– copper will tarnish fast. If you want it to stay looking nice, clear-coat it as soon as you finish building it.

    – sanding epoxy-glass will release loads of small glass fibers into the air. Arrange dust collection, wear disposable clothing and use a respirator or dust mask.

    – you will want to avoid running your finger along the cut edge of the epoxy-glass material. Those little fibers take a couple of weeks to work their way out of your skin.

    – The biggest soldering iron tip you can find , and plenty of watts behind it, will make your job much easier. You want to hit those spots with plenty of heat for a short time, lest the epoxy break down and star getting runny.

    – don’t count on solder as a structural element. Those braces and gussets will help your enclosure last longer.

    – if you’re going for shielding, remember that the inside and outside copper are electrically isolated unless you do something to join them. Copper shielding tape will work well for this, wrap it around the exposed edge before soldering.

  24. Doc Oct says:

    @chris got any links for the cheap PCBs that you mention? I wouldn’t mind getting some stock here.

  25. George Johnson says:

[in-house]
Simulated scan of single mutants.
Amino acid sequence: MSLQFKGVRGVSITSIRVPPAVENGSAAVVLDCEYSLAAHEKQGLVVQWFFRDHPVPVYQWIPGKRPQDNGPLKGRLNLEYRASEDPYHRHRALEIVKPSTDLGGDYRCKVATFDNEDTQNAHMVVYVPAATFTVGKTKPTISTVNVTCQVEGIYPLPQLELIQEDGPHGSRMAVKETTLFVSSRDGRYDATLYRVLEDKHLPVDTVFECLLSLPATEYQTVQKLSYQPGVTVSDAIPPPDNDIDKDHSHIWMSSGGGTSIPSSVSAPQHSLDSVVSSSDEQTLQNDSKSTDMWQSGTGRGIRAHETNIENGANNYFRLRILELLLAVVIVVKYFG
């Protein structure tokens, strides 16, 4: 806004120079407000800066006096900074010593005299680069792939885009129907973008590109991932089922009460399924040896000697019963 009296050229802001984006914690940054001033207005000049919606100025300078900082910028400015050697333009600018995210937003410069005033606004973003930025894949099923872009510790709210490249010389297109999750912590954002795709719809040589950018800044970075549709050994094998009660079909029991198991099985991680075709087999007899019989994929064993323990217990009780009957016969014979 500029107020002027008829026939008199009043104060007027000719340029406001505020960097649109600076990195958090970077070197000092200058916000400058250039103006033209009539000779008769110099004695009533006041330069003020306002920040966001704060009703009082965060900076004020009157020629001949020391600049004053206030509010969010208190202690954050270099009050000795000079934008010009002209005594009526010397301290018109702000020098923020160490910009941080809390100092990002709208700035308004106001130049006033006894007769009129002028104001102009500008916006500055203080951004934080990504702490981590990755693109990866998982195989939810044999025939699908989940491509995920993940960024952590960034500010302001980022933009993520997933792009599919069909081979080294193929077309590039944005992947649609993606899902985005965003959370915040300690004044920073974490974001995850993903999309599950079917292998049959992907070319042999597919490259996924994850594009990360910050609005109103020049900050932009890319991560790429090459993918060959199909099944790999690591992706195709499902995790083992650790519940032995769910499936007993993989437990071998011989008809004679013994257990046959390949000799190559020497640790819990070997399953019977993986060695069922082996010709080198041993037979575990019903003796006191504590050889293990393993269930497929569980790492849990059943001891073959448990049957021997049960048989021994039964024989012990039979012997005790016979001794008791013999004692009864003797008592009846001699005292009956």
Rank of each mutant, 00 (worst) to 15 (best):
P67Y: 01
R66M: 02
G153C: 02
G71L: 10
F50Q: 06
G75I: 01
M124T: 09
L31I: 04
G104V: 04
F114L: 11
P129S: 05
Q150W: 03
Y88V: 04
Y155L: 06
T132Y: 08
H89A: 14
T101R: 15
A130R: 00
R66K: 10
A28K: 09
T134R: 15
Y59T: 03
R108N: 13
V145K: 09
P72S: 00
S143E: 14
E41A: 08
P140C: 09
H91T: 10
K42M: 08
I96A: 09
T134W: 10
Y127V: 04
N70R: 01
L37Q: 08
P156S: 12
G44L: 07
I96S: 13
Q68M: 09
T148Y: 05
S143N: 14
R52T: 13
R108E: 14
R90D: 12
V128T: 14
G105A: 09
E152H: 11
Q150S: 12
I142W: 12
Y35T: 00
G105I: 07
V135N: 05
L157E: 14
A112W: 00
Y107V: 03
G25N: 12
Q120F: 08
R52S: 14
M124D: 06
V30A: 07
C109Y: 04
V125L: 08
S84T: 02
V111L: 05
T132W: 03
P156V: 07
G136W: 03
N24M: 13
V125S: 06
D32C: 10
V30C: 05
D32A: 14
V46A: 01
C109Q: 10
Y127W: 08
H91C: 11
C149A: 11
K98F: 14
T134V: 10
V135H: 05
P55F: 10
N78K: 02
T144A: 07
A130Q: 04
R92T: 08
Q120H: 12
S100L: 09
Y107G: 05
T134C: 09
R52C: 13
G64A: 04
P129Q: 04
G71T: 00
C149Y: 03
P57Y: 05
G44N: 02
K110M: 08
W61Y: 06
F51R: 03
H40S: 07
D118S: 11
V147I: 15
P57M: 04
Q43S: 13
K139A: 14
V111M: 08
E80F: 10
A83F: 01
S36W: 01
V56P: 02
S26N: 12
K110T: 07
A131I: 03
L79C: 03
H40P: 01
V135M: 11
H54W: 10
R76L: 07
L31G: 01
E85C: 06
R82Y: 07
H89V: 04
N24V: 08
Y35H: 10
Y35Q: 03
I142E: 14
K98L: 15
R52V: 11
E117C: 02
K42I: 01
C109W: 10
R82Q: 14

I’ll add this too. WOOD is perfectly acceptale for a project case. But if you’re going to do it, please make it look decent. Sand it, stain it, etc… some projects look very nice using just wood.

  26. Defex says:

    You can make a nice lamp with this method and single sided boards etched, you can even use part of the boards to control the circuit.

  27. Chris says:

    @Doc Oct: My favorites for electronic surplus are All Electronics, Electronic Goldmine, and BG Micro. Since it’s surplus, they don’t always carry the same items, so it pays to check in periodically for good deals. I picked up a huge pack of assorted PCBs from Goldmine years ago and still have plenty left. I think it was $20 or less.

    Of course there’s Ebay too. Remember you can often use PCB material that wouldn’t be optimal for actual circuits, which can save you some money. I recently bought a pack of PCBs with black substrate there. If you etch a pattern or image on it, polish the remaining copper, and then clean and clear-coat, the effect is quite nice. I’ve done some small art projects with it already, and plan to do a Hellraiser-style cube soon. It would also make some very interesting enclosures or faceplates.